Shining Star

Marlene Roulliard broke free from a vicious cycle and founded the Women's Empowerment Circle.

Pretty soon, her mom came home. She peeked in the cupboards, assumed her husband had bought groceries, and then passed out. Her stepdad came home. He peeked in the cupboards, assumed his wife had bought groceries, and then passed out himself.

No one said a word.

Marlene didn't get hit, her candy-loving siblings didn't tell, and everyone ate well.

 
John Johnston
 
A stitch in time: Marlene Roulliard works on a star quilt 
in the Four Winds basement.
John Johnston
A stitch in time: Marlene Roulliard works on a star quilt in the Four Winds basement.

Maybe it was Jesus. Marlene didn't know. But someone had watched over her.


Marlene was luckier than many Native American women. She made it all the way to 21 without using alcohol or drugs.

She'd been forbidden by her mom to date Dakota boys because they drank too much. But in high school, she was too busy studying and working part-time at an egg-processing plant to date much. After high school, she'd married her childhood heartthrob (a white guy, the brother of her best friend) and quickly had three sons. When the kids were old enough, she got a good job and started going to school for a degree in social work. At that time in her life, she didn't need to get high and she didn't want to.

But then her husband started hitting the bottle. In 1976, after eight years of marriage, she divorced him. Unable to make both ends meet, Marlene and the boys returned to the Santee reservation to live with her mom's family.

Not long after that, she got sucked in. Black Jack and coke. Bathtub speed. Want ads, unemployment lines, general-assistance checks. Selling pot. Hanging out.

By 1984, Marlene knew she had to get out. She wanted her boys to know a life other than welfare and hangovers. She dreamed of Denver, this cultural crossroads, this center of urban Indians, this land of opportunity.

When people left the reservation, Denver is where they came. There were lots of Sioux here, and Navajo, too, as well as members of other tribes. Some had been brought here during the '50s relocation and assimilation programs; others came for work. As a result, Denver had become the unofficial capital of Indian Country.

Marlene loaded up her orange Dodge van and rumbled into town with visions of cleaning up and starting anew. Instead, she hunkered down with her boys for four months in the parking lots of Holiday Inns and the campgrounds of Estes Park.

She did find work, though -- as a bartender on East Colfax and, later, as a secretary in a finance office. She also found an apartment, made friends, got her kids in school and even planned to finish her bachelor's degree. Then a guy approached her one night at the tavern. She was dog tired, and it showed.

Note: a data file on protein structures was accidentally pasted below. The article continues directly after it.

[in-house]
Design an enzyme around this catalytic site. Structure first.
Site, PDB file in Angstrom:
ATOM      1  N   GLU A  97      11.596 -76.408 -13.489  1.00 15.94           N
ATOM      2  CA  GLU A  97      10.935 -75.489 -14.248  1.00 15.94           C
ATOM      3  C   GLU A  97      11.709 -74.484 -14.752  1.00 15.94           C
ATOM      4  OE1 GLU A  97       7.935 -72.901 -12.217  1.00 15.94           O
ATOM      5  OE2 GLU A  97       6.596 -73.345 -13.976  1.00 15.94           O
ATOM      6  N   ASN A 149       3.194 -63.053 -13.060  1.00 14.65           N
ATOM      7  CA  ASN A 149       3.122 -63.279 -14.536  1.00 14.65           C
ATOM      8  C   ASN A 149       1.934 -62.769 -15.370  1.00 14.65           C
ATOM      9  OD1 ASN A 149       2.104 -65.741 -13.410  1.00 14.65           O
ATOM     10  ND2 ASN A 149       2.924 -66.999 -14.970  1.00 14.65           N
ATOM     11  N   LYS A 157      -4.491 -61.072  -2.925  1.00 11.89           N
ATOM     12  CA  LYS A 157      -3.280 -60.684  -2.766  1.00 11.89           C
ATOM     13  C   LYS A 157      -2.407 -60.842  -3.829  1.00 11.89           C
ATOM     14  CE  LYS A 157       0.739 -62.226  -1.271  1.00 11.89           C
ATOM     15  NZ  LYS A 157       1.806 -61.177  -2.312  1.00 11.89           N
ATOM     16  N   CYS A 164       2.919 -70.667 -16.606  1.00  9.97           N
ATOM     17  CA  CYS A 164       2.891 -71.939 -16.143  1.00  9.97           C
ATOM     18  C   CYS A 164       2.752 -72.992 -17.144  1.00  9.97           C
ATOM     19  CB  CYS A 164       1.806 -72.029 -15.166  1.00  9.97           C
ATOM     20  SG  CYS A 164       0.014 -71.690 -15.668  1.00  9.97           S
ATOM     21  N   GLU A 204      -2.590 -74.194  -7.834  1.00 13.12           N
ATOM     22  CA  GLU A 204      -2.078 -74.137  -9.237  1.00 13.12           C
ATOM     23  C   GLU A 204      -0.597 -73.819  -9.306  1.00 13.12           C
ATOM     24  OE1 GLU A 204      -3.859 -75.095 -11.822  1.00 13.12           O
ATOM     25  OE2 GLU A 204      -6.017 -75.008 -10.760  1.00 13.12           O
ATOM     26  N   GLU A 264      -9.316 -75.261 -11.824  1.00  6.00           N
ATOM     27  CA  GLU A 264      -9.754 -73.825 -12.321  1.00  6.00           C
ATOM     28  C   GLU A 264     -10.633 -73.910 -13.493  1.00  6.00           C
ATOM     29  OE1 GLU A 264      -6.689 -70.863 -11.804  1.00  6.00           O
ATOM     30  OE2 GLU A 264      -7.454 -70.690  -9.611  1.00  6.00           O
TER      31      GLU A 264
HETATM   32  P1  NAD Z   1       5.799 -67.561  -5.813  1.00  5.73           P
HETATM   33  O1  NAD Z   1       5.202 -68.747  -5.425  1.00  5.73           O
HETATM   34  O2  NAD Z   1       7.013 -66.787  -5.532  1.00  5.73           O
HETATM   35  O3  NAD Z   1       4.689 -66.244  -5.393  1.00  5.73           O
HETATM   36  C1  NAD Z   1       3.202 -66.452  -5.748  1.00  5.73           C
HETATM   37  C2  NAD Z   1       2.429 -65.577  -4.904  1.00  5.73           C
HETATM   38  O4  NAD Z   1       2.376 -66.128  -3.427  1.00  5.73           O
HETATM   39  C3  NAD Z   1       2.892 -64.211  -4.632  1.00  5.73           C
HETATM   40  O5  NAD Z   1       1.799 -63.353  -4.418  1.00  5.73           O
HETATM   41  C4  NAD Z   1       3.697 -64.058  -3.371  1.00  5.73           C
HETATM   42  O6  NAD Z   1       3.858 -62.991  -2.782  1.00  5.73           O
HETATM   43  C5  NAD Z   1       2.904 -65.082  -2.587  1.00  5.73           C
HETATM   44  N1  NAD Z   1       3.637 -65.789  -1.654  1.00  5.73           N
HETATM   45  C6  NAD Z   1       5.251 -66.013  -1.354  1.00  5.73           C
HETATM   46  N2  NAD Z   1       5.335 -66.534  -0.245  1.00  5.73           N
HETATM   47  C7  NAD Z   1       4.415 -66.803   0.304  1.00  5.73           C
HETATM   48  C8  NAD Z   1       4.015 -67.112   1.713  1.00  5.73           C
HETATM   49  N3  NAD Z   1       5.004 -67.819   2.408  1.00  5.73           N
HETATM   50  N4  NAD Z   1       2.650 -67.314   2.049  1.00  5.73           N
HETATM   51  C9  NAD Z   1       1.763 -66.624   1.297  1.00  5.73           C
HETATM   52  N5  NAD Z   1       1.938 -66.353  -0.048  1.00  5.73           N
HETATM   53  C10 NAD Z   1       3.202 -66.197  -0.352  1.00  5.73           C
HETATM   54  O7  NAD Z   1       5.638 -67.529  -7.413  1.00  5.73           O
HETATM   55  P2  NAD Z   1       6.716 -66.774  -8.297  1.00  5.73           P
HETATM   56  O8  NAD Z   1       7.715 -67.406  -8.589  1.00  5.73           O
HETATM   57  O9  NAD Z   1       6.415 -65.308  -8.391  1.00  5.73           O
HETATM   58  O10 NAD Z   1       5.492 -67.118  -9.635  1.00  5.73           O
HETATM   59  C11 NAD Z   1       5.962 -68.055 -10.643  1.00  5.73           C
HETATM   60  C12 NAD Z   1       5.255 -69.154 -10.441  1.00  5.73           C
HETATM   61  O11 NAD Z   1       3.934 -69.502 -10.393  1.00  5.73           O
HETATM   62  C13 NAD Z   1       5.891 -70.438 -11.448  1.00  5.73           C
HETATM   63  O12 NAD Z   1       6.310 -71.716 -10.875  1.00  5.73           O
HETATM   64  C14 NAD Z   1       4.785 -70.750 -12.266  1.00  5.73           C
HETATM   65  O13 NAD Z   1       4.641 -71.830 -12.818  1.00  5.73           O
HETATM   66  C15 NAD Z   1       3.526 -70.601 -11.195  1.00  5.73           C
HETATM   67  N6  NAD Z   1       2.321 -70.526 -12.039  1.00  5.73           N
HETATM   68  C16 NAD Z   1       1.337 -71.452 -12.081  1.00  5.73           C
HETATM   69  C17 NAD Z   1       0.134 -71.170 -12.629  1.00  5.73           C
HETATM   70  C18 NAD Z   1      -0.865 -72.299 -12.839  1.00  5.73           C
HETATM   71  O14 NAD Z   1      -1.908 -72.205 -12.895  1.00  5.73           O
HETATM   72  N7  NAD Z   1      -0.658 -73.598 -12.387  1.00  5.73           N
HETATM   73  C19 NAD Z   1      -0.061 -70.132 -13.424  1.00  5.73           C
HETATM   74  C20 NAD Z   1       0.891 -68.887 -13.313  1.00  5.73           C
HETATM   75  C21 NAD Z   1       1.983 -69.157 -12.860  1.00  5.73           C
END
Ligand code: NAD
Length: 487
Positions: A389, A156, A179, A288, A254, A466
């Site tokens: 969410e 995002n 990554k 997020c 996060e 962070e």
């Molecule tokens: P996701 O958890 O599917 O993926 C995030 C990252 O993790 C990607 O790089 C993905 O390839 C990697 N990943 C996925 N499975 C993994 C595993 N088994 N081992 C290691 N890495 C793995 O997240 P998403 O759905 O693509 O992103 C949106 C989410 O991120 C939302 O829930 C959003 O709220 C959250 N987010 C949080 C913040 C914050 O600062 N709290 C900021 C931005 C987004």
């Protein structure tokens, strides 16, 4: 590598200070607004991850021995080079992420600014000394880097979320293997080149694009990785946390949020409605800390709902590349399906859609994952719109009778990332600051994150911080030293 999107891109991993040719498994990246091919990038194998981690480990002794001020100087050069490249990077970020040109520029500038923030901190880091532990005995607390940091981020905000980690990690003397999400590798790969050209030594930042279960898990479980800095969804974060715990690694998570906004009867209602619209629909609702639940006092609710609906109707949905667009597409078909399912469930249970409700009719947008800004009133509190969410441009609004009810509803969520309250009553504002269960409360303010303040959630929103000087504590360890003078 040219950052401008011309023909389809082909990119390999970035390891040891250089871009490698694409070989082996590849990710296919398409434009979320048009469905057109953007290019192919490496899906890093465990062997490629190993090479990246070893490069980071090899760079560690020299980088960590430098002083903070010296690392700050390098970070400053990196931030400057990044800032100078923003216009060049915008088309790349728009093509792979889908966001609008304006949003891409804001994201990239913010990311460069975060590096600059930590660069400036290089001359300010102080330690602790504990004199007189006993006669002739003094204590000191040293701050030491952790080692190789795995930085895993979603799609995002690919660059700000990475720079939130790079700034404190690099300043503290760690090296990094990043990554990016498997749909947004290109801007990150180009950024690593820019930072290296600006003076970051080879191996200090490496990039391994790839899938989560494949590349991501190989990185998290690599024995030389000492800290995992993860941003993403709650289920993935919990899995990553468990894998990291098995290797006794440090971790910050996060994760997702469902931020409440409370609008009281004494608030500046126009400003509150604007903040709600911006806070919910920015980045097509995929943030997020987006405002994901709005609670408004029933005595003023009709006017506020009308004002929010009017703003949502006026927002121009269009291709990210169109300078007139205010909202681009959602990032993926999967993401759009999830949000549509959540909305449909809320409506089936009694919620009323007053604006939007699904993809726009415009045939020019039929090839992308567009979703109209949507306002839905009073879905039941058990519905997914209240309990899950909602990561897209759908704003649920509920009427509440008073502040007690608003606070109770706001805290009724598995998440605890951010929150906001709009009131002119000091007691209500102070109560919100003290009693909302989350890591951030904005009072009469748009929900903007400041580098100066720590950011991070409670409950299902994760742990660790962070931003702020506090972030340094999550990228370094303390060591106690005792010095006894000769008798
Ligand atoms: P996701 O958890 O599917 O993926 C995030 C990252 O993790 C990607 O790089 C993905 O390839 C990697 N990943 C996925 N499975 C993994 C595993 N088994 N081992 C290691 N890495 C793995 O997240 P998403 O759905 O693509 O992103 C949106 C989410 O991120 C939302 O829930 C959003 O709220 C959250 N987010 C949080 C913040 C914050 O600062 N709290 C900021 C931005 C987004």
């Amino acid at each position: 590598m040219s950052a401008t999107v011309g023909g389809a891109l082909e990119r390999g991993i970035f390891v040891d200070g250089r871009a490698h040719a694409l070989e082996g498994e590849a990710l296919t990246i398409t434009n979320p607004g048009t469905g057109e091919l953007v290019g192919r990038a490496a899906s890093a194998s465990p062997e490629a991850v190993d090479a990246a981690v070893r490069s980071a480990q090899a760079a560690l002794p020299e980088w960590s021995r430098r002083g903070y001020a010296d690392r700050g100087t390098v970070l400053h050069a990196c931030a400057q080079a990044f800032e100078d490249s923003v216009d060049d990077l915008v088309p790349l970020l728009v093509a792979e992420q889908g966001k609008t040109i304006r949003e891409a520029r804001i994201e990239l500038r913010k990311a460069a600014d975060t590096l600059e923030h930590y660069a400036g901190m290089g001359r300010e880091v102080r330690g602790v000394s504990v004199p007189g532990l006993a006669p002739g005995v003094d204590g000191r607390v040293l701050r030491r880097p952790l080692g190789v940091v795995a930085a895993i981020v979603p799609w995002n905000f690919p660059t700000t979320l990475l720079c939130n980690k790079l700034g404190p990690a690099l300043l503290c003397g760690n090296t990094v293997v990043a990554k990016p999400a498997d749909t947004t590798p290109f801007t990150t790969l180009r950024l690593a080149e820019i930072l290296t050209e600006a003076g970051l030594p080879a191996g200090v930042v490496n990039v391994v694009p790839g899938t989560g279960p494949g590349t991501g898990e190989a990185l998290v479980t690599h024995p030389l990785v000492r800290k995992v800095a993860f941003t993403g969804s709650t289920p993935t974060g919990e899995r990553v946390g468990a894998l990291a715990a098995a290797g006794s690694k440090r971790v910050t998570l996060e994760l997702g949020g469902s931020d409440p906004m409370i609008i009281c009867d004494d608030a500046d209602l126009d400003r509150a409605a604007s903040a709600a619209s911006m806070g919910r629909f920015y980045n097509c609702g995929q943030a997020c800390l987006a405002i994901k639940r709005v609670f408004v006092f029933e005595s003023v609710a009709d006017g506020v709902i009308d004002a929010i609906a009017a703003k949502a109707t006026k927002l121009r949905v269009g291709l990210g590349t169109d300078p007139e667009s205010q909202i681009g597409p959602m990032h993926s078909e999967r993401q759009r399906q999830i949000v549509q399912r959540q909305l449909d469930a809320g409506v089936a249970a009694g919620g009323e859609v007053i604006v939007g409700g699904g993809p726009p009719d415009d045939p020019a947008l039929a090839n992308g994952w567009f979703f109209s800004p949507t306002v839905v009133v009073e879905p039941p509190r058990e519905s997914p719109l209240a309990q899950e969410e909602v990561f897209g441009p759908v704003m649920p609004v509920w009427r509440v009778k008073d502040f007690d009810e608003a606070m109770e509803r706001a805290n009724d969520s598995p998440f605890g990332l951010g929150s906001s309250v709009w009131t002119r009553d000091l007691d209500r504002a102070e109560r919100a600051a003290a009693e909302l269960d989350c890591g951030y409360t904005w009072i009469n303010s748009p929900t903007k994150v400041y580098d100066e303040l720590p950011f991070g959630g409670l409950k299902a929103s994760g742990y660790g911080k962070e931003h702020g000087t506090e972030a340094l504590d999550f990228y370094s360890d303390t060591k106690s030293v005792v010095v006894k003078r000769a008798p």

"Lemme show you something," he said.

He poured two lines of white powder on top of the bar. Then he rolled a dollar bill into a tight straw and told Marlene to hold it to her nose and take a snort.

She liked it.

She liked it a lot.

That powder gave her more energy than a pot of coffee. It gave her a nice little buzz, too. Whenever she did it, she felt like cleaning her whole apartment.

Then she lost her day job. Then she lost her night job. Then she started leaving her boys with whoever wanted them. She started dealing. She started living with dealers. She started believing in one thing, and one thing only: her next hit.

"Cocaine," Marlene remembers, "became my god."

In 1986, she fell from grace.

An informant dropped a dime on her. She was cuffed, booked and offered a deal: "Cough up three connects and do less time." But Marlene had been dealing with the Cubans. Cross them, she knew, and you die.

So she ran to Tucson. She grabbed a backpack, left her kids with relatives, jumped bail and hit the hot Arizona streets at 2 a.m. And who was the first person she met? Who are the only people lurking in the shadows at 2 a.m.?

Boom.

Back in business.

Forget rent. Forget food. Forget clothing. If Marlene had 25 bucks, it went straight up her nose and straight into her arm. She was so skinny she wore little boy's pants, and even those slid off her hips. "If I stuck out my tongue and turned sideways," she recalls, "you'd think I was a zipper."

Then the voices came. The worried voices. The frightened voices. The nagging voices. "They're coming. They're going to get you. The cops are on their way." The voices got so bad that Marlene hid in the closet, trembling.

One night she was walking down the street to her connection, looking like death itself, trying to stop herself from going.

"Help me," she prayed. "Please help me."

Just as she turned the corner, two feds screeched to the curb with her picture in their hands. Twenty minutes later, Marlene was off to prison.


In Arizona's Perryville prison, the voices returned. They hissed through the ventilator as she shivered and sweated through cold-turkey withdrawal. Marlene, who had once taught herself to walk, was now purging the drugs from her body. Alone with her nightmares, she understood why people killed themselves.

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